After the two workshops I presented last year I kept in touch with the Tumbleweed folks. I know from everything we've shared that the highest calling for the whole team is to make the tiny house dream attainable for everyone who wants to grab it. To do that, a certain amount of sustainable growth is called for. When they felt ready to grow and hire some more people, I was flattered to find that I was at the top of their list of people to bring in full time. For now I'm providing building and design consultations and customer support while preparing for presenting workshops again in spring.
We're working together on revamping the workshop format to create the best possible experience based on years of feedback from our audiences. We're very excited about adding more opportunity for tiny house fans to connect socially with each other, and putting in some hands on elements for workshops coming up in 2013.
As for Bungalow to Go, we've decided the way to go forward is to combine forces with Tumbleweed. For now, my partner and the crew will continue to work the same way they always have, with my input gradually being replaced with their efforts. When Tumbleweed customers have a need for a customized or fully custom build in our region, Bungalow to Go will get that project.
Overall, I view the changes in Tumbleweed as nothing but positive. We’re growing so that we'll be able to do what we've been doing, but more so- helping people fulfill their tiny house dreams through education,inspiration, and simply amazing support and research. Over the past years with very little "manpower" we've been limited on what we could do to bring the wealth of our knowledge out to everyone, but that's going to change soon.
Welcome Pepper, and we look forward to working together to expand the horizon of possibilities for all the many people who want to think big and live tiny!
Recently, I got the chance to talk with Ryan Mitchell of The Tiny Life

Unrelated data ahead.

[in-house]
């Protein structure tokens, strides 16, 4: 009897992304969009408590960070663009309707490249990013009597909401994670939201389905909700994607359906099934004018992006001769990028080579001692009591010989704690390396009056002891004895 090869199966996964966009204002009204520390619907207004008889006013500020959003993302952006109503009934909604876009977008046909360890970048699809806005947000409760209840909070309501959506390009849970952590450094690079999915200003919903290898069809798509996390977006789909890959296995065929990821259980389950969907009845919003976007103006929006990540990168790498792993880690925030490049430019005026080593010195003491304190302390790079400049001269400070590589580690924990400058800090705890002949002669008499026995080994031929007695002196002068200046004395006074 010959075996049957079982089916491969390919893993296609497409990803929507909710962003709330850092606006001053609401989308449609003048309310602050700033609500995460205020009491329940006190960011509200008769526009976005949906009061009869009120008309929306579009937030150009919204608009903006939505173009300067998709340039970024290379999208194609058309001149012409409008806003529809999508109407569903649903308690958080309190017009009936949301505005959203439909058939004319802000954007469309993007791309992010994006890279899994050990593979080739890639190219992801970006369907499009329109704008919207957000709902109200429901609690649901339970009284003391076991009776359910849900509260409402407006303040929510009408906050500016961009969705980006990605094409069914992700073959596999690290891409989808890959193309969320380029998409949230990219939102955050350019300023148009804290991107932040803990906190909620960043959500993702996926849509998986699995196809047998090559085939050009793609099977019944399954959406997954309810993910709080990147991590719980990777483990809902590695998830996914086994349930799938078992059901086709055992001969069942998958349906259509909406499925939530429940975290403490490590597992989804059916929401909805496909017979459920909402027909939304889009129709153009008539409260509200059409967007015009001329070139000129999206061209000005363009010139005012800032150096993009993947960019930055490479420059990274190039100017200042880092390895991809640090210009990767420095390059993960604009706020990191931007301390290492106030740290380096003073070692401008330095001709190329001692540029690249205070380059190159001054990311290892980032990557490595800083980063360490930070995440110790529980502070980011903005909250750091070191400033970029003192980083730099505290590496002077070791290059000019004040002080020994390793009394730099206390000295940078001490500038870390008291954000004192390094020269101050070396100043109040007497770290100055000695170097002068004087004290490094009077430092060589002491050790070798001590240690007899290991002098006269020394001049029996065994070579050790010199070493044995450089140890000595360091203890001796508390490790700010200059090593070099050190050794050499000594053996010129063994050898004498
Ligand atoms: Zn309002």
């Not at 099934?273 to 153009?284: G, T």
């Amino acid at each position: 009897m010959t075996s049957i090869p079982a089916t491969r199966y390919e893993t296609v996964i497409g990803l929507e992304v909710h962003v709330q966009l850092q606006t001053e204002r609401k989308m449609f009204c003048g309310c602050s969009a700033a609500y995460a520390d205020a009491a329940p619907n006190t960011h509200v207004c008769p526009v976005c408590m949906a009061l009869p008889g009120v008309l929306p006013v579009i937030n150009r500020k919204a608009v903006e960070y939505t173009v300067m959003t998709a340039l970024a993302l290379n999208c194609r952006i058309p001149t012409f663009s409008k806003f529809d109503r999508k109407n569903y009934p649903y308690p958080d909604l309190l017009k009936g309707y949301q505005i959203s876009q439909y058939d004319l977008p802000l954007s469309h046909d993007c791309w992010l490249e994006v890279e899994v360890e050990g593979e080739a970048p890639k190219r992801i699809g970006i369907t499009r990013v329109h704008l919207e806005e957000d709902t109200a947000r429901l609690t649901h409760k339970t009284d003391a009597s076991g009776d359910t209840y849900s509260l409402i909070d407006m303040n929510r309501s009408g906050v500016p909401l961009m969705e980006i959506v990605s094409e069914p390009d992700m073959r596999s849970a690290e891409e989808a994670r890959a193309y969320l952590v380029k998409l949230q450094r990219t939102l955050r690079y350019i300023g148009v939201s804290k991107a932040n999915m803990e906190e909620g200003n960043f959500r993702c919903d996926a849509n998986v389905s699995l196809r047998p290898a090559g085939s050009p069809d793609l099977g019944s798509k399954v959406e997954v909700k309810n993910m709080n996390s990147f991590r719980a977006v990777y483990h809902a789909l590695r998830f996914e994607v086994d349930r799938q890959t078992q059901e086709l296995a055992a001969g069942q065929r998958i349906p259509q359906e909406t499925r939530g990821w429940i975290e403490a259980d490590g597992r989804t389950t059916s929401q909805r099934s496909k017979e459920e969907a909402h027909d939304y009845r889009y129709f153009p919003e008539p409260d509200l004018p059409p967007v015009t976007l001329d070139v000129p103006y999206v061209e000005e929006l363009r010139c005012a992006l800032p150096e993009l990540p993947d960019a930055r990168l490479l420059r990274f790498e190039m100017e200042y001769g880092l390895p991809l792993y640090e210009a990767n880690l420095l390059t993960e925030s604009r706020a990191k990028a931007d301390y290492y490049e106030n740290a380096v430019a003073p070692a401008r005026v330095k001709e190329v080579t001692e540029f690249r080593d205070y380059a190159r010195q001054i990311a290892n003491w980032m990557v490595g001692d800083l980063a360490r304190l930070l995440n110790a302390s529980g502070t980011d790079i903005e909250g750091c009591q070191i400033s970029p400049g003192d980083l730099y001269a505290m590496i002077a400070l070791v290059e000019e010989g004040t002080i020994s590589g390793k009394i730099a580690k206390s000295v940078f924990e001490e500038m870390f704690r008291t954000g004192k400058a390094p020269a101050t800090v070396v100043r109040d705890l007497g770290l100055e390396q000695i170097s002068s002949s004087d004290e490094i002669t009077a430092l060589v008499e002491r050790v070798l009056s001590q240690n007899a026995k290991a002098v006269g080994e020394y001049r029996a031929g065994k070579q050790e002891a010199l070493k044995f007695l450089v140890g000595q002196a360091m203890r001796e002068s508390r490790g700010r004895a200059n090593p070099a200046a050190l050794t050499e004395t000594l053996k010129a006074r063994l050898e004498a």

website about his exciting plans for a modified Fencl. Ryan has been blogging
about sustainability for a long time, sharing
information on simple living, tiny houses, and environmentally responsible
lifestyles. And we think he's awesome.
Ready for some holiday building
Now, he's working on a tiny house of his own in Charlotte, North Carolina. He's starting to get well into the
building process, and has been begun blogging about his experiences.
He admits that finding
time is no easy task- in addition to working on his house managing the very informative blog, Ryan
works two other day jobs! He sets a pretty good example for all those professionals that
fear they'd never have the time to build a house, huh?
Ryan has worked out an ideal situation for himself through yet another job
of sorts- he house sits for friends, and they're letting him build the house on
their property- as long as he looks after the land and mows the lawn every so often, he can be there
for free. This is a great arrangement- if you have anyone in your life with a
large piece of property that likes to travel, I'd highly recommend working out
A solid start
Ryan will be checking in with us throughout the process, and will share informative photos and videos of his build on our blog. He's excited to have a winter break from his
day jobs coming up soon for a solid couple weeks of building!
In the meantime, check out Ryan's Tiny House Checklist for a great
introduction to everything that goes into tiny house building.